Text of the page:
NATO strikes knock out Serb electrical power
Refugee flow into Macedonia increases
May 3, 1999
BELGRADE, Yugoslavia (CNN) -- Belgrade was lit only by moonlight overnight after NATO airstrikes knocked out electrical power to much of Serbia.
NATO confirmed striking power plants in Serbia, including a facility near Belgrade. CNN's Brent Sadler, reporting from the Yugoslav capital, said "Belgrade is now in darkness for as far as the eye can see." Officials later reported that power had been partly restored.
NATO's Jamie Shea said Monday the strikes were designed to damage facilities that distribute power to the military machine of Yugoslav President Slobodan Milosevic, and that care had been taken "to ensure that important civilian facilities, like hospitals, had ... back-up transformers to keep their systems running through these power outages."
"We regret the inconvenience that power outages have caused the Serb people," Shea said in Brussels, "but we had no choice to continue attacking every element of the Yugoslav armed forces until such time as President Milosevic meets the demands of the international community."
NATO bombs damaged a power plant in Kostolac, 40 kilometers (25 miles) southeast of Belgrade along the Danube River, which supplies electricity to all subsidiary power plants across Serbia.
An official government source said NATO planes also hit a plant in the southern city of Nis and another in Obrenovac, about 30 kilometers (18 miles) west of Belgrade.
State-owned Serbian television, a repeated target of NATO airstrikes, went off the air around 9:45 p.m. (3:45 p.m. ET), as did all other television and radio stations.
Diplomatic efforts heat up
The latest bombing runs came just a day after Yugoslavia released three American soldiers held captive for more than a month. U.S. and NATO officials said they were pleased , but said the release would have no bearing on NATO's air campaign.
Milosevic must fully accept NATO conditions for a resolution to the civil conflict in Kosovo between separatist ethnic Albanians and Serbian forces before the alliance halts the airstrikes, the officials said.
Milosevic has thus far refused to accept the NATO terms, which include an armed international peacekeeping force in Serbia.
The Rev. Jesse Jackson, an American civil rights activist who secured the release of the three American prisoners, is heading Washington from Germany carrying a letter from Milosevic to U.S. President Bill Clinton. The letter is reportedly the Yugoslav president's latest overtures to peace.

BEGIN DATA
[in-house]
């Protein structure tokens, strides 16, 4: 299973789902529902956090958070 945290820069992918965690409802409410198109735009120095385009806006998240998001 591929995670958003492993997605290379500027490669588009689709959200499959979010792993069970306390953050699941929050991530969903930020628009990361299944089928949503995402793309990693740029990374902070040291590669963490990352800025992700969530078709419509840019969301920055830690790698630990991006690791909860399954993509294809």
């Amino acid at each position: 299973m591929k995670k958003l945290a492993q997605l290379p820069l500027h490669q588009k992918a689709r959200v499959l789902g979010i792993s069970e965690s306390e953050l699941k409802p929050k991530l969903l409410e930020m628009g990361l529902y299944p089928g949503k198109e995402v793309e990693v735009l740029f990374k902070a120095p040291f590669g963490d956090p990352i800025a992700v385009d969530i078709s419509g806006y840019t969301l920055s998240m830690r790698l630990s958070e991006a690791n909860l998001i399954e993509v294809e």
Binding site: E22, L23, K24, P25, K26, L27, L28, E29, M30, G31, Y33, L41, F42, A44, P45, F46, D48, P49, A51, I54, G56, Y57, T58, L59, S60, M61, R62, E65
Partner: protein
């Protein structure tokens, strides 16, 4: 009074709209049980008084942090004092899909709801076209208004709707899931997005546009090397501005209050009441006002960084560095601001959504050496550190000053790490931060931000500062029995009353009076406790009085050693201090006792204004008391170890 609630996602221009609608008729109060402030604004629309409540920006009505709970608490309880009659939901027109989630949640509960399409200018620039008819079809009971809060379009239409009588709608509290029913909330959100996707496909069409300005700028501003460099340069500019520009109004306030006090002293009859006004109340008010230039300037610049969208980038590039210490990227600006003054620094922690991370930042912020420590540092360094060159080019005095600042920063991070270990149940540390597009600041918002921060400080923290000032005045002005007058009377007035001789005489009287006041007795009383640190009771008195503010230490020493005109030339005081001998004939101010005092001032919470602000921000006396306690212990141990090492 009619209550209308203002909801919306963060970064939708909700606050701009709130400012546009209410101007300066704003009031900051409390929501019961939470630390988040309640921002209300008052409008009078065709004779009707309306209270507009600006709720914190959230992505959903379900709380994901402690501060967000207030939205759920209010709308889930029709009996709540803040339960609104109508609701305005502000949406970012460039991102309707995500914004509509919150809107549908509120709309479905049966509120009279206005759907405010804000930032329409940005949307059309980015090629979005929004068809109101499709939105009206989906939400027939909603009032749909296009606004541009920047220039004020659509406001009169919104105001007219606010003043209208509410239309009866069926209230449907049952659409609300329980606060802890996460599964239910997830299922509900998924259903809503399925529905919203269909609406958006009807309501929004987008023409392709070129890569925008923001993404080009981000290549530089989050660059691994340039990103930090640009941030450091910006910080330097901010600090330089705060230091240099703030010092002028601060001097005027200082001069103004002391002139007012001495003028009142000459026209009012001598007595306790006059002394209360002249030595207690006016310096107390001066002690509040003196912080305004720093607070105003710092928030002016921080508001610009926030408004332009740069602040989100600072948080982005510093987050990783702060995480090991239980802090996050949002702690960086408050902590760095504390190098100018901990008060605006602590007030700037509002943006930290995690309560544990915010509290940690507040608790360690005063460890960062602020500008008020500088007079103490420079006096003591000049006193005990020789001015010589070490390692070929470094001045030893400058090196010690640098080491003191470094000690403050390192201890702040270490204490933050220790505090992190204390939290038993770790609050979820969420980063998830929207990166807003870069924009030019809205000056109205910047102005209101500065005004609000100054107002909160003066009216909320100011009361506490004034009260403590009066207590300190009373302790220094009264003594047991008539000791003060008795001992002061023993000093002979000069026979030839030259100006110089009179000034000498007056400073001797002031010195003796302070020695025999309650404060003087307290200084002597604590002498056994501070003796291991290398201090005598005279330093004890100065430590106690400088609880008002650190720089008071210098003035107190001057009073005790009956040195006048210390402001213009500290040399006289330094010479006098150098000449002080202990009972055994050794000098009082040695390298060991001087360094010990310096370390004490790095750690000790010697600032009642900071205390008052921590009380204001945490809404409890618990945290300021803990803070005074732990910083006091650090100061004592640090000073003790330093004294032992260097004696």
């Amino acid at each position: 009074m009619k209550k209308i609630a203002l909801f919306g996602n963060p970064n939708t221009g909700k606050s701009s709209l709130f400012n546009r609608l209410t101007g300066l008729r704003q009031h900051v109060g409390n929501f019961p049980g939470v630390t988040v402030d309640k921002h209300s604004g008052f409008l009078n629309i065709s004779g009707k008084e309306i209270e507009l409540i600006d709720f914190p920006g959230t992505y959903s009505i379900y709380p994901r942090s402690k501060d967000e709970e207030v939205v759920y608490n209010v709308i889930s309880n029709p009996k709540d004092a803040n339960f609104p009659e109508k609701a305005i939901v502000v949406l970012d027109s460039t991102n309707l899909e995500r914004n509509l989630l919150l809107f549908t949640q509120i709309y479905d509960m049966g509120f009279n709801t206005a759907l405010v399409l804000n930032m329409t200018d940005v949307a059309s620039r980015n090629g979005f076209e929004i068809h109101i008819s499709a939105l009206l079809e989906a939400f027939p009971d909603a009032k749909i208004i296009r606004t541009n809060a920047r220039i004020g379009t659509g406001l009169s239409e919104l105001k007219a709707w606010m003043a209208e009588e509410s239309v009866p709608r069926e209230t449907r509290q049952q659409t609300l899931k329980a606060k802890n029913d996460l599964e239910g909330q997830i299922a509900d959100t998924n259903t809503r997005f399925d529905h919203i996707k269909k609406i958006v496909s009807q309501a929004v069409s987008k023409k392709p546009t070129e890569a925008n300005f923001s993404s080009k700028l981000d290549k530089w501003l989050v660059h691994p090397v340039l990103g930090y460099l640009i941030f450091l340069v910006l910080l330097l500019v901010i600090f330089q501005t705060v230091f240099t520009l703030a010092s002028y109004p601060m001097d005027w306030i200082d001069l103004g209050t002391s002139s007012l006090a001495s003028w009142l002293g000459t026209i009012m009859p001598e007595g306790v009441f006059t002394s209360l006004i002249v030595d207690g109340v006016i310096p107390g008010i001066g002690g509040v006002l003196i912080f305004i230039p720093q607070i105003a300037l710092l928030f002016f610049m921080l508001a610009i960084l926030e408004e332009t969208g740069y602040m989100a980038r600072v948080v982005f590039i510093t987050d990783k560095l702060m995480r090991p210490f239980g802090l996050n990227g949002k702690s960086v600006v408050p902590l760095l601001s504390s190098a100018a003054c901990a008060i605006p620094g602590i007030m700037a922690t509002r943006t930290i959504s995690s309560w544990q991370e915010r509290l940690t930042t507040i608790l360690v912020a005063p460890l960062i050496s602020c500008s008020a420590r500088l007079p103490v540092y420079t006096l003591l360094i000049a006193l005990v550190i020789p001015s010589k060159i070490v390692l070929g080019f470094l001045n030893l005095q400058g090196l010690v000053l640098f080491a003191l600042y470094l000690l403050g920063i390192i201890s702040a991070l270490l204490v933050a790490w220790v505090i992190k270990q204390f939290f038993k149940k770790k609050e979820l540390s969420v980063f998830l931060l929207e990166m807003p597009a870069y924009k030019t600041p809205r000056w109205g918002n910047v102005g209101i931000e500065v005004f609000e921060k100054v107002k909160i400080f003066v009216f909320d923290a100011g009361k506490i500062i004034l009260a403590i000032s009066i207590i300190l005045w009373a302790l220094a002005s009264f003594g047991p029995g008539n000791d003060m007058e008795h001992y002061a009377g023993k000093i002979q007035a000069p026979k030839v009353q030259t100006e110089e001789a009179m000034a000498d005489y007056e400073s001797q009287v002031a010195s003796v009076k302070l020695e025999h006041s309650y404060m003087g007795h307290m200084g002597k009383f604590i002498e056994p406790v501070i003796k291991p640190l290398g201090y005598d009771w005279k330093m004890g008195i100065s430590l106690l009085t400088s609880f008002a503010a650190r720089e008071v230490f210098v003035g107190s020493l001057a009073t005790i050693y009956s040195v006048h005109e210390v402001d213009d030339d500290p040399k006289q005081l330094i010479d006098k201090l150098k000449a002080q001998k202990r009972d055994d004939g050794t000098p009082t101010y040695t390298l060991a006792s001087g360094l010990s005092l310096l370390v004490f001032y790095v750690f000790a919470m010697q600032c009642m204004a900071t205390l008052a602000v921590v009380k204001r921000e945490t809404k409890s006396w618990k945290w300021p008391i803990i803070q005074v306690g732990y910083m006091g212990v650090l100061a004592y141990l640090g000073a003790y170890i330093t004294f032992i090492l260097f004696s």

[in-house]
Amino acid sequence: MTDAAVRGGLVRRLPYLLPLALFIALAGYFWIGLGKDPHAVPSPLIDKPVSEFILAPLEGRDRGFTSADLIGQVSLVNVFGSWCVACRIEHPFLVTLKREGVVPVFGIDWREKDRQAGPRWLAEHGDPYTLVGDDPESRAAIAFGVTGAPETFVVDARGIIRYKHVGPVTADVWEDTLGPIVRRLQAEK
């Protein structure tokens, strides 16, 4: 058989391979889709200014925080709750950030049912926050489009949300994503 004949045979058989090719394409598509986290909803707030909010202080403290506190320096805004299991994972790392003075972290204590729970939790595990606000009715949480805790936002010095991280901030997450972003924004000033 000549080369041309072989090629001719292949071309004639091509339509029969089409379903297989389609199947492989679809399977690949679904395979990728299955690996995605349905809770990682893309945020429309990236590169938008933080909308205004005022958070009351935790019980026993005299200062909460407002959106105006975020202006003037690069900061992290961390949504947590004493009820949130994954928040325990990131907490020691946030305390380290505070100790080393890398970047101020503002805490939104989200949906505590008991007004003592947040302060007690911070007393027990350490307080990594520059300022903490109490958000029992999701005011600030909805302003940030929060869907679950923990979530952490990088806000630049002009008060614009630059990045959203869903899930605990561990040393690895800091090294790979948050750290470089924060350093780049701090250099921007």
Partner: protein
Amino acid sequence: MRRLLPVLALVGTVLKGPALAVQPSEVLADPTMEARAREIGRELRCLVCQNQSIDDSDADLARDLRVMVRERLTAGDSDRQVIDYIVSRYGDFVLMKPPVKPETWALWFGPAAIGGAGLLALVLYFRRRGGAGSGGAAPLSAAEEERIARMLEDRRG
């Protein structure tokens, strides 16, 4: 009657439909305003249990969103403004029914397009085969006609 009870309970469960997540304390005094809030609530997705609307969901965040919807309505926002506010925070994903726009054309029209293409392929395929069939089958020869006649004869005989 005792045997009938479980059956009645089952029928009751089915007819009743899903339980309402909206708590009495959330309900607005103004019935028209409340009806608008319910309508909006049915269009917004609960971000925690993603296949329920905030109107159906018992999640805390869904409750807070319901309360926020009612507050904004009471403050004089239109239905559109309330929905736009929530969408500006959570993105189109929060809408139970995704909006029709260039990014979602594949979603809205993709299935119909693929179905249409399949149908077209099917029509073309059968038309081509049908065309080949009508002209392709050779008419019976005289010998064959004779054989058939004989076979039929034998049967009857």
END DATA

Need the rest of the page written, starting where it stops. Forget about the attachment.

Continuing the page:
Clinton is also being pressed by Russia to negotiate an end to the conflict over Kosovo. Former Russian Prime Minister Viktor Chernomyrdin will meet Monday with Clinton and Vice President Al Gore, a presidential spokesman said.
CNN's Betsy Aaron in Moscow said the visit is timed to take advantage of a diplomatic initiative which includes the prisoner release.
Yugoslav official: Strikes hurting Serbs
Meanwhile, a top Yugoslav official indicated that the strikes are causing hardship throughout the country.
Sounding fatigued and upset, Health Minister Leposava Milosevic told CNN in a telephone interview broadcast live that many hospitals had lost power and were functioning on backup generators which could fail within hours, affecting hospitalized patients, including infants in incubators.
"We have a very great problem with supplying water," she said. "The supplying is not possible without electricity." Leposava said she expected the power difficulties to be resolved, but added that "We also expect new attacks" from NATO.
"We have bombing every night, every day -- permanently," she said. "They hit the fuel, they hit everything we need to distribute the food -- everything the refugees need."
Leposava said Yugoslavia has 700,000 refugees within its borders from various regions but added that "You are caring just about Albanian refugees. You are not caring about other refugees."
Macedonia refugee plight worsens
But the ethnic Albanian refugee plight continued to worsen Monday. An overnight train arrived at Blace, Macedonia, on Monday, bringing the total number of refugees stalled at the border crossing to 11,000.
Some 5,000 were already at a holding camp at the border. A UNHCR official said another 2,000 arrived during the night, along with 4,000 on the train and buses.
"We had the first night train since the crisis began," said UNHCR spokeswoman Paula Ghedini.
Ghedini said the new arrivals will be put into the camp at Cegrane, which is still under construction.
"Many will have to sleep out in the open again," she said."
Around 80,000 refugees are currently in Macedonia, said British Brigadier Tim Cross, commander of the U.K. National Support Element, with 45,000 to 50,000 in the two main camps.
"The camps were never built for that sort of number on a long-term basis," Cross said Monday during a British Defense Ministry briefing. "They are in fact at about double their capacity.
The situation, Cross said, will only worsen as summer brings hotter weather.
"This is not a happy situation," he said, "but at least they have food and they have shelter."
Correspondents Brent Sadler, Jonathan Karl, Betsy Aaron, Amanda Kibel, Tom Mintier and Jane Arraf contributed to this report.
NATO strikes knock out Serb electrical power
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